In the second debate, Drs. Jack Ziffer and Marcelo DiCarli addressed the pros and cons of non-invasive computed tomography angiography (CTA). Dr. Ziffer believed that 64-slice computed tomography (CT) would ultimately replace stress MPI because of the detailed anatomic information that can be obtained. Computed tomography not only detects CAC, coronary anatomy, and luminal stenoses but also visualizes alterations of the coronary vessel wall, allowing plaque characterization. In addition, left ventricular (LV) function can readily be assessed by CT, making it a “one-stop stop.” The high specificity of CTA will allow adequate exclusion of CAD with eventual replacement of invasive cardiac catheterization. Dr. DiCarli argued that CTA would not replace MPI because of inherent technical limitations. Computed tomography angiography still has limited spatial resolution for distal vessels; the overall sensitivity for the presence of proximal stenoses is 95%, but decreases to 82% when distal stenoses are included. Multi-slice CT is limited by the patient’s radiation exposure, arrhythmias during acquisition, and nephrotoxicity of contrast. Also, coronary calcifications, frequently present in elderly and diabetic patients, negatively affect diagnostic accuracy. Most important, extensive literature has shown that not coronary anatomy (CTA) but the ischemic burden (MPI) determines prognosis: coronary anatomy versus coronary pathophysiology.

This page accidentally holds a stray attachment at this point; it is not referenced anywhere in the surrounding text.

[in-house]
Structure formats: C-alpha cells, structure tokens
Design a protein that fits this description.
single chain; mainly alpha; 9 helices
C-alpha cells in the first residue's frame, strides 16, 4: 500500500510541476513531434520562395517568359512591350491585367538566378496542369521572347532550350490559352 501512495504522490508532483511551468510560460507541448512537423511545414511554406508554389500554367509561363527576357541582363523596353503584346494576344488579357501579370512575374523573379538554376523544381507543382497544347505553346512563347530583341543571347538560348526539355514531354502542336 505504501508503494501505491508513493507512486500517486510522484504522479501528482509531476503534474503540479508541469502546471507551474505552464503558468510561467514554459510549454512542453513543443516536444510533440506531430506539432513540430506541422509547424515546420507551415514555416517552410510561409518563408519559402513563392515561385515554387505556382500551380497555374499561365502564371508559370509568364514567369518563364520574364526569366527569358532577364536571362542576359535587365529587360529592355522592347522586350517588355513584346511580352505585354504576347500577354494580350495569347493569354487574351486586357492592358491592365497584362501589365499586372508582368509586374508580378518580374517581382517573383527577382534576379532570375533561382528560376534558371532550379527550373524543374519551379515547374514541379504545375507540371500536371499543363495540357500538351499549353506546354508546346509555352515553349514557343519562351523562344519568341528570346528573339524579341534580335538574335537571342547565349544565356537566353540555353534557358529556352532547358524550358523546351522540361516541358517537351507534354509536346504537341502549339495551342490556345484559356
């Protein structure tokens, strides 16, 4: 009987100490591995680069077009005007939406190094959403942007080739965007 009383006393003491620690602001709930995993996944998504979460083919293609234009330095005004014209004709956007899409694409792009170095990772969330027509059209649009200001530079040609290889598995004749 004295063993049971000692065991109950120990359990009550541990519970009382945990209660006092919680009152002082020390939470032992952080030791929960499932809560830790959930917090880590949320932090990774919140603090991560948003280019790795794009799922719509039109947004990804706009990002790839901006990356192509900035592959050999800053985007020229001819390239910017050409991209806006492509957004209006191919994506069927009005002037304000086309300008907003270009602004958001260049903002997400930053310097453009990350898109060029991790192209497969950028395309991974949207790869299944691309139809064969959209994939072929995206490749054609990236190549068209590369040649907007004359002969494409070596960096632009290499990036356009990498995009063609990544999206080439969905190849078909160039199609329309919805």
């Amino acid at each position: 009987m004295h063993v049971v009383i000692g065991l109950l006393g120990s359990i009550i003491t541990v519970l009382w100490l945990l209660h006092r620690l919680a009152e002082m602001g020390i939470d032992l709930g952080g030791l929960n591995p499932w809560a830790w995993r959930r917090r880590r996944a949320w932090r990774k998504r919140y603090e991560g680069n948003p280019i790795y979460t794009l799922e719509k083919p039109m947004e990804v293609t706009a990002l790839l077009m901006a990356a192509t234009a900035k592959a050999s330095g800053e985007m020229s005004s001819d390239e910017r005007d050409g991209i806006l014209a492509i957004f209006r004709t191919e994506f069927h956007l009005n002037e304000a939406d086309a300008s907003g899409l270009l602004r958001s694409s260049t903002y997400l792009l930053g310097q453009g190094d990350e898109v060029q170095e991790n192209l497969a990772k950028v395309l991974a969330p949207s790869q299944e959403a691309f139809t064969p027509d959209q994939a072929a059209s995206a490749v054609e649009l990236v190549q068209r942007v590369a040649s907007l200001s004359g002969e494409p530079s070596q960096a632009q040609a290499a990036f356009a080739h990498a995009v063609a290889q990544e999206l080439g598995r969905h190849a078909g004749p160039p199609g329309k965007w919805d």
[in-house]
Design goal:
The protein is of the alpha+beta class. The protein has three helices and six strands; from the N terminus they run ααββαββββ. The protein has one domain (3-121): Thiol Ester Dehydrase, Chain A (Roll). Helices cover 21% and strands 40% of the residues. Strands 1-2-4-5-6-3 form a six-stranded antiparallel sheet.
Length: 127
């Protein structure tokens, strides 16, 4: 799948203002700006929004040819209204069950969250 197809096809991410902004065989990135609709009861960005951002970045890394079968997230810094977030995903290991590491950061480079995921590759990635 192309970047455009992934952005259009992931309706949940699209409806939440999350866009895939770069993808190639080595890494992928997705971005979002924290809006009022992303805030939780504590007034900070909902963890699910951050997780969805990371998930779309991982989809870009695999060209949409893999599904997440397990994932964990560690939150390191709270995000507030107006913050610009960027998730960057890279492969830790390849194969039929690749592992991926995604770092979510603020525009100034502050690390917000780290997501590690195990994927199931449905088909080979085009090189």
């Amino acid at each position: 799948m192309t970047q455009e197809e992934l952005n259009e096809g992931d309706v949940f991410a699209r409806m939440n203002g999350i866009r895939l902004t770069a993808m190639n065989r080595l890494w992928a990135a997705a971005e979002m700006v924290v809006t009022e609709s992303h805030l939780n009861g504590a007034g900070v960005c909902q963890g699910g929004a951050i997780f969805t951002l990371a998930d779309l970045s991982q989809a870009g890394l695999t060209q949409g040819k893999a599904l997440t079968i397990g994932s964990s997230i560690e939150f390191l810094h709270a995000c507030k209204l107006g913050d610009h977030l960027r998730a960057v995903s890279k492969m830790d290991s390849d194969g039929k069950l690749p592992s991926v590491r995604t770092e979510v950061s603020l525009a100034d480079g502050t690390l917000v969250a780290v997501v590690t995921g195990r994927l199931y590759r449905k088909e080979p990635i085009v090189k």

In the third debate, Drs. Timothy Bateman and Manuel Cerquiera debated whether positron emission tomography (PET) MPI would replace single-photon emission computed tomography (SPECT) MPI. Dr. Bateman argued that PET was simply better because of higher spatial resolution, higher contrast, higher count density, routine use of attenuation correction, and less scatter. Also, patient radiation dosimetry is considerably lower using short-lived positron emitters, and PET imaging is substantially faster than SPECT imaging. The diagnostic yield of PET imaging has been consistently better with PET than with SPECT (accuracy 87% vs. 71%). Dr. Cerquiera conceded that the quality of PET was superior to that of SPECT, but he did not expect SPECT to be replaced by PET for practical and economic reasons. Positron emission tomography imaging is difficult to perform in a regular clinical practice. The PET camera and cyclotron are expensive, costly to operate, require large spaces and specially trained personnel. Lastly, 82Rubidium generators make it possible to perform PET MPI studies in facilities without a cyclotron but are still expensive.